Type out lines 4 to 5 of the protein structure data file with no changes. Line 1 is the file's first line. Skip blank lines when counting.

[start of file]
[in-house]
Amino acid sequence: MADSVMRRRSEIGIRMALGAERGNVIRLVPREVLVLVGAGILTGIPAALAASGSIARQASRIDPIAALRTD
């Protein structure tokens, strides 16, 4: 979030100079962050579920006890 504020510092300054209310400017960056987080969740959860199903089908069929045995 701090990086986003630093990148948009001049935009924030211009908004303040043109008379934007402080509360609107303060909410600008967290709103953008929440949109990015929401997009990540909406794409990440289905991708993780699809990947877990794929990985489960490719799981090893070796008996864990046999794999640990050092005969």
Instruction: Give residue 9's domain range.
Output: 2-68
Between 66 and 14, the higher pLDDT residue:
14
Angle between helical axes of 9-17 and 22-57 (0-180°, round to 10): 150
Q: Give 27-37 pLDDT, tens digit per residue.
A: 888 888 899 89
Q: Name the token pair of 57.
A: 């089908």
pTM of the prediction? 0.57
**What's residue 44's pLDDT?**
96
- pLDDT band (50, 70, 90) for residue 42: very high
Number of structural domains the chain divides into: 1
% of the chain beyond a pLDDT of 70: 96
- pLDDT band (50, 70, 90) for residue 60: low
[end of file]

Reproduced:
Instruction: Give residue 9's domain range.
Output: 2-68